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China’s Modernization Ambitions

Once living standards in China reach a certain level, citizens will almost certainly demand far more personal freedom and political accountability. The most fundamental challenge facing China’s leaders, then, is to find a governance model that fulfills these demands while continuing to exclude electoral democracy.

BEIJING – Last October, as he opened the 19th National Congress of the Communist Party of China, President Xi Jinping vowed that the country would have a “fully modern” economy by 2035, and would reach high-income status by 2049 – the 100th anniversary of the founding of the People’s Republic. One hopes that he is more successful than China’s first premier, Zhou Enlai, who in 1964 promised “four modernizations” by the end of the twentieth century.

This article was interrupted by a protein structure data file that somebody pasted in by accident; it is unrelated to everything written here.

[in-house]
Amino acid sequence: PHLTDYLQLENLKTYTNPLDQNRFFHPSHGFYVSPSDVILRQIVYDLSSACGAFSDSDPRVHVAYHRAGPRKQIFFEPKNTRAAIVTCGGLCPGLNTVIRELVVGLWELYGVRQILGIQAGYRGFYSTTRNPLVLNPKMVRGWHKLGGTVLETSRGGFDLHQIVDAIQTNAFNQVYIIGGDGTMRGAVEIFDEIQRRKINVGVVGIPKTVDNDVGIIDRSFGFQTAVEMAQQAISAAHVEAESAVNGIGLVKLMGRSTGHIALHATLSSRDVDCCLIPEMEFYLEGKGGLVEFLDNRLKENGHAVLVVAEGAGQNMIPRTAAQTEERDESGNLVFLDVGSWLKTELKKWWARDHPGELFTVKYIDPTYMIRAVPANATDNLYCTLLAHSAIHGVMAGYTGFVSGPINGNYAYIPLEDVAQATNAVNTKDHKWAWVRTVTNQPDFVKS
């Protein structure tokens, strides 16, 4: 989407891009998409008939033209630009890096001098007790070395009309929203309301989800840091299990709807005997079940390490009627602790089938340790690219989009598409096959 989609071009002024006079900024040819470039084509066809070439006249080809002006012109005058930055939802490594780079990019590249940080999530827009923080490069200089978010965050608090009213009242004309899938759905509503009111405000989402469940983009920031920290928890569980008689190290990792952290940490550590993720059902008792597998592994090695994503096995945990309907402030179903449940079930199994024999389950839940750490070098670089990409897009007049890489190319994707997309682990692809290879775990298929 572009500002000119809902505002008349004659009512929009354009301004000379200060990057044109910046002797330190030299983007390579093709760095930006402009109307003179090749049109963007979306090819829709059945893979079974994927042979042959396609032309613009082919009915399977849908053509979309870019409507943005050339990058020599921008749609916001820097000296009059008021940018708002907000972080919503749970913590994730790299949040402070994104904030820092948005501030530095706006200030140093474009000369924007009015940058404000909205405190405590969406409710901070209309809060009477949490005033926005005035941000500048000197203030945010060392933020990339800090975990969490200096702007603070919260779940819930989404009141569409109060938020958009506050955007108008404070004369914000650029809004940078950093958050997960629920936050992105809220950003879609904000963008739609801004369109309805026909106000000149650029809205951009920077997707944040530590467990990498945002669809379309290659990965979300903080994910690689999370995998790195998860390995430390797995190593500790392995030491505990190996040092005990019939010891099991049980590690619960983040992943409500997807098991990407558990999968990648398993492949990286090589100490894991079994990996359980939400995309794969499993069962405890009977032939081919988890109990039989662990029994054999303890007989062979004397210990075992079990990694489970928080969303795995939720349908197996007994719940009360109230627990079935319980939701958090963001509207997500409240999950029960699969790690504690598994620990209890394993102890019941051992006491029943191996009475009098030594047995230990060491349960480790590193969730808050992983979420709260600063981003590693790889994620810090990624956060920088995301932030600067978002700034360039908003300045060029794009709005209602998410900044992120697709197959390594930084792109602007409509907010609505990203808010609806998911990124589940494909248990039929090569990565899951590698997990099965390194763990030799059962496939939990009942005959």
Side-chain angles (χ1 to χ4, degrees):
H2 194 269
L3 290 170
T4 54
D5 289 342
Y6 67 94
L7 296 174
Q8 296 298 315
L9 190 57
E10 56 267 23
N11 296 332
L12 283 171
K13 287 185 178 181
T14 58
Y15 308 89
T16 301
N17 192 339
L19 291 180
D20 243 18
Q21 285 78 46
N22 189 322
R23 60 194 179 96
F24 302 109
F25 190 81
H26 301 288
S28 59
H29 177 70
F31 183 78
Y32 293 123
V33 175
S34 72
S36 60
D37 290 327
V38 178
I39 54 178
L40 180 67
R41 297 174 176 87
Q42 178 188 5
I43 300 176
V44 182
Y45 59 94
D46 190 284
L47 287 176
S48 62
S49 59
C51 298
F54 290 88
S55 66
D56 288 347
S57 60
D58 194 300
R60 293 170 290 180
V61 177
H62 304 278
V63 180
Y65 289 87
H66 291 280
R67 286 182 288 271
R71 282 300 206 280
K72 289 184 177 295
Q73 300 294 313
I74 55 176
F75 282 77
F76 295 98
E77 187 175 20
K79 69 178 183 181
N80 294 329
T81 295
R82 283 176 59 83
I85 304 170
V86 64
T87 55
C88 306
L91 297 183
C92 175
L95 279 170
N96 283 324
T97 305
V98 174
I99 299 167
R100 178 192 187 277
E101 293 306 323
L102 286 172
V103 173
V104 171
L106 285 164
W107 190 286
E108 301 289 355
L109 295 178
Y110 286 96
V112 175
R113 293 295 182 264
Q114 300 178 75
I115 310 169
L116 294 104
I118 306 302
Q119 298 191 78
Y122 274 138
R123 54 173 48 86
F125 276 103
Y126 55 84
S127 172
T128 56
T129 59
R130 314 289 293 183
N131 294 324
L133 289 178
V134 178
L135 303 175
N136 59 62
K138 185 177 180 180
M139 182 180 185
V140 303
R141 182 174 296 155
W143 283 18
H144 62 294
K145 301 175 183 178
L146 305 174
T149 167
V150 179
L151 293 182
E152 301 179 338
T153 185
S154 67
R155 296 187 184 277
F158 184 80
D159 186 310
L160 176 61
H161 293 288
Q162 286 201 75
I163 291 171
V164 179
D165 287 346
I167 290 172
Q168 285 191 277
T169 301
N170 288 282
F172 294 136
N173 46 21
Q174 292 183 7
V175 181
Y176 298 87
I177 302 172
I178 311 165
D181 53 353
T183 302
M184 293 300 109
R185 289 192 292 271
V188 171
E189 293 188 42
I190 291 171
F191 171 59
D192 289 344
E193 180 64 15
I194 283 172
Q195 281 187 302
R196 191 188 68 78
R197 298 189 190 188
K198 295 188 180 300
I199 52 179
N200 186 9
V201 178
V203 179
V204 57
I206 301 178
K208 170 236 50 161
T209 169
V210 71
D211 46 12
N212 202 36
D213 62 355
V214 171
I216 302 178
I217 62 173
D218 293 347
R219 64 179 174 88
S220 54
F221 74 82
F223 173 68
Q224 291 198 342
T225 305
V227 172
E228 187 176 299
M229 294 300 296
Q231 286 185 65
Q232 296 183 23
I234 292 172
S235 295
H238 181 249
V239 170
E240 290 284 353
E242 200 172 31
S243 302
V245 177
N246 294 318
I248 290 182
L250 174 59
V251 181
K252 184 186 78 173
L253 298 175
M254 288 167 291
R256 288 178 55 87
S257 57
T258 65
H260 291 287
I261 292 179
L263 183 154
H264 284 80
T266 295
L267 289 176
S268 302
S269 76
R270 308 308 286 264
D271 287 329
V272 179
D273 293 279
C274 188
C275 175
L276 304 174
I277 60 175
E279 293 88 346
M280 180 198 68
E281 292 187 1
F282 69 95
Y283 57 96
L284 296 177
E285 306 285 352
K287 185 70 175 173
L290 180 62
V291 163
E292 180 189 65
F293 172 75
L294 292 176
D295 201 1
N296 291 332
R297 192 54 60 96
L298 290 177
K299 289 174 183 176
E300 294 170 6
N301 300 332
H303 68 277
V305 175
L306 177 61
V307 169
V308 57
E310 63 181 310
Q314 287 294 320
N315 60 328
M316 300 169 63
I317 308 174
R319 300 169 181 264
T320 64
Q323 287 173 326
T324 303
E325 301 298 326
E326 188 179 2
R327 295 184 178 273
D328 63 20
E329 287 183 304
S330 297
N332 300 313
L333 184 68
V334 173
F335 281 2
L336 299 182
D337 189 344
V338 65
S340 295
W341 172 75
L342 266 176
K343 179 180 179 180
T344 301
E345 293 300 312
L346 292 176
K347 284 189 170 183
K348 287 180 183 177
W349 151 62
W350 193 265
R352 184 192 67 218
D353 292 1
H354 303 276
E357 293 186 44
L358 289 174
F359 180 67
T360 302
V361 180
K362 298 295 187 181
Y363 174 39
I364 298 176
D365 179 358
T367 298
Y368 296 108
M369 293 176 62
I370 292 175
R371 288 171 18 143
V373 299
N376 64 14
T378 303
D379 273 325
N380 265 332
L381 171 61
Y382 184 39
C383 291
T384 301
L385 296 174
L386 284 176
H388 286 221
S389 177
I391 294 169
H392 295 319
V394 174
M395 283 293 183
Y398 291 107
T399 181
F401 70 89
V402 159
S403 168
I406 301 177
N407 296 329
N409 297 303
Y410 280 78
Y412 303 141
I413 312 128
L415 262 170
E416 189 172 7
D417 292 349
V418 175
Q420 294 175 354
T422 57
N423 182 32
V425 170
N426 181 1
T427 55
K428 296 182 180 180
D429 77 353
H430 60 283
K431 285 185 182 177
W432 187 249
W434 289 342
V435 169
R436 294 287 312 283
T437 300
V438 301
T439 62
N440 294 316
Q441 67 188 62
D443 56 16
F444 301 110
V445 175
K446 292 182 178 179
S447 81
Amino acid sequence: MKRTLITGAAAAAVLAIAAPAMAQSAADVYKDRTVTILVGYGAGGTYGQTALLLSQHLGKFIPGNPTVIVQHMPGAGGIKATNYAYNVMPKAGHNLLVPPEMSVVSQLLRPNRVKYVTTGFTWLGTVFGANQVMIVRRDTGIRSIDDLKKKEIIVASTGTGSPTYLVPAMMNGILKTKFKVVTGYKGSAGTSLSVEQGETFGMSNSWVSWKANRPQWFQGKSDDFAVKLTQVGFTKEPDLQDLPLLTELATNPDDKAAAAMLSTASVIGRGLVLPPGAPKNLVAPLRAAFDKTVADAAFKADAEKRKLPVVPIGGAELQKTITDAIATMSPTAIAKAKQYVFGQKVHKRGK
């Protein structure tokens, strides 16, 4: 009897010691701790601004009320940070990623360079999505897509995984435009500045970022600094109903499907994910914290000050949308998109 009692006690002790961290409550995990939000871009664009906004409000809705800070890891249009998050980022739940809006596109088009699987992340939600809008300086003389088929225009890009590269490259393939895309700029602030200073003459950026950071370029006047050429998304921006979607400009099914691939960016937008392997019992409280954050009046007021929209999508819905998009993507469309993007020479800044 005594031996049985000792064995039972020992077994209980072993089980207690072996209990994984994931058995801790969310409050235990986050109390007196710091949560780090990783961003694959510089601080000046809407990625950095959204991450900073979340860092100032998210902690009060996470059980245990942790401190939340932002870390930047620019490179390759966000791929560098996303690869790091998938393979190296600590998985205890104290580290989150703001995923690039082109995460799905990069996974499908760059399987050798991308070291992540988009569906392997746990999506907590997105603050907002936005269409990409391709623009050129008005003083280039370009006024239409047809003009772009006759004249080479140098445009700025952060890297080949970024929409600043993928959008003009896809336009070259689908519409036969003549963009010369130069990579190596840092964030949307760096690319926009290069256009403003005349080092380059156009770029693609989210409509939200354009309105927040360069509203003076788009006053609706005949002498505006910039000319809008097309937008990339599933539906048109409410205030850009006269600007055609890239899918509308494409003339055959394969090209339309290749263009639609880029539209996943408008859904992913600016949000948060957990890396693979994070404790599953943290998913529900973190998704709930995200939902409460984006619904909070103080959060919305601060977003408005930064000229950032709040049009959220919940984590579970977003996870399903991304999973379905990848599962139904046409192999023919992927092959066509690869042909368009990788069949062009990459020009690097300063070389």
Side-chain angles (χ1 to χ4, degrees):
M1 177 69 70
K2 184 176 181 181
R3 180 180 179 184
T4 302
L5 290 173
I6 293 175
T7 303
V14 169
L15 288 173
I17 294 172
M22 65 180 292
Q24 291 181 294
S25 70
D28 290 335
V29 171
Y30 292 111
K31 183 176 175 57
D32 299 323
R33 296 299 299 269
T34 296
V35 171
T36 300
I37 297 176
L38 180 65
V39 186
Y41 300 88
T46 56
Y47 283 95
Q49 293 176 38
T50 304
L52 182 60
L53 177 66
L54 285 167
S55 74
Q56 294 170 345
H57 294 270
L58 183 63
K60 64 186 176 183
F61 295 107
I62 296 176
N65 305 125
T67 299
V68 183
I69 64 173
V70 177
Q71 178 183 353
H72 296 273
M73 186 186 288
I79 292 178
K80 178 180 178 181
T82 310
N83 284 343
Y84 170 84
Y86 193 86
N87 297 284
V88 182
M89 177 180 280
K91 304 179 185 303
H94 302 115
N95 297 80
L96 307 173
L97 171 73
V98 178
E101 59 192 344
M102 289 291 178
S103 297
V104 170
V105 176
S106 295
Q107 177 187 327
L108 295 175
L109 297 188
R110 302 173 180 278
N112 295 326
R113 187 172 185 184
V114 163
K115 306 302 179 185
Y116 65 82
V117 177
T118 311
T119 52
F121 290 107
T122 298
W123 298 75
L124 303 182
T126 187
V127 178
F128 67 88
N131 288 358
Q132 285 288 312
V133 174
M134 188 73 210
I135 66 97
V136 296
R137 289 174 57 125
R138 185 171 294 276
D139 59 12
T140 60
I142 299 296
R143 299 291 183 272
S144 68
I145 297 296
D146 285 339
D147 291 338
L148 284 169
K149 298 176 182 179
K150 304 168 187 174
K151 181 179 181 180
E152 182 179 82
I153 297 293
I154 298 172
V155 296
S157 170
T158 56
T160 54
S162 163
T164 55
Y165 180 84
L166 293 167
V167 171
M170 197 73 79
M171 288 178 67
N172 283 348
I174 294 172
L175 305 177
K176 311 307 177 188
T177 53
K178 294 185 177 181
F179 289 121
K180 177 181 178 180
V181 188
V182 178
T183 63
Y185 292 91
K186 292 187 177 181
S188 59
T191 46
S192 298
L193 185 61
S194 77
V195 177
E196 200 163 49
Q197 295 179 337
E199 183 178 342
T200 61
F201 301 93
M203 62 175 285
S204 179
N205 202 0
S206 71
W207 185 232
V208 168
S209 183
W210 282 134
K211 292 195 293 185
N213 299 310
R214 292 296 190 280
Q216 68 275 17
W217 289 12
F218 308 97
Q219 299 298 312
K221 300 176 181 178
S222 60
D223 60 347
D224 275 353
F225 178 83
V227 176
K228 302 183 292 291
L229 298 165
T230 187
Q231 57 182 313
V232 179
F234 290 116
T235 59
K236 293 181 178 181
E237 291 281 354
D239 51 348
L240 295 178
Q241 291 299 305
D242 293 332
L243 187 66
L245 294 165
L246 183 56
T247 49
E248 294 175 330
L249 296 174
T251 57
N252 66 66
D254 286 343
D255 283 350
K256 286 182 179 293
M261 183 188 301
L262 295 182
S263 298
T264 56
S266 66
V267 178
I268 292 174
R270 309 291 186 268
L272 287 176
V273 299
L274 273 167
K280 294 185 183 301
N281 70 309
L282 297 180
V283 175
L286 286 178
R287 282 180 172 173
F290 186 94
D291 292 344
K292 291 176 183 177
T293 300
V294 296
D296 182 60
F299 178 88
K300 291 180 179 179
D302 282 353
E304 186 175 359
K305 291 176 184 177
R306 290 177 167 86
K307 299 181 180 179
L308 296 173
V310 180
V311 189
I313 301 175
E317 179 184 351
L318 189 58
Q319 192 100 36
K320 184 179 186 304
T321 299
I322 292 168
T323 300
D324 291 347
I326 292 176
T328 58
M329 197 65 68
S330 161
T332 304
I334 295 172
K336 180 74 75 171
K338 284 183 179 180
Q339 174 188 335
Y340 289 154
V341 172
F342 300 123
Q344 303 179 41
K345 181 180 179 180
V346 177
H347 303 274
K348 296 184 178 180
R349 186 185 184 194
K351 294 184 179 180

Zhou’s plan focused on reforming four key sectors: agriculture, industry, defense, and science and technology. He did not set a specific income goal, but it is safe to say that he probably expected China to do better than it did: by World Bank standards, China at the turn of the century was a lower-middle-income country.

This time around, reaching China’s income goals might actually be the easy part. China’s real per capita GDP currently amounts to about 25% that of the United States. To join the high-income club, embodied by the OECD, China will have to raise that figure to at least 45% (depending on how real income is measured) – a level achieved, so far, by 36-40 economies.

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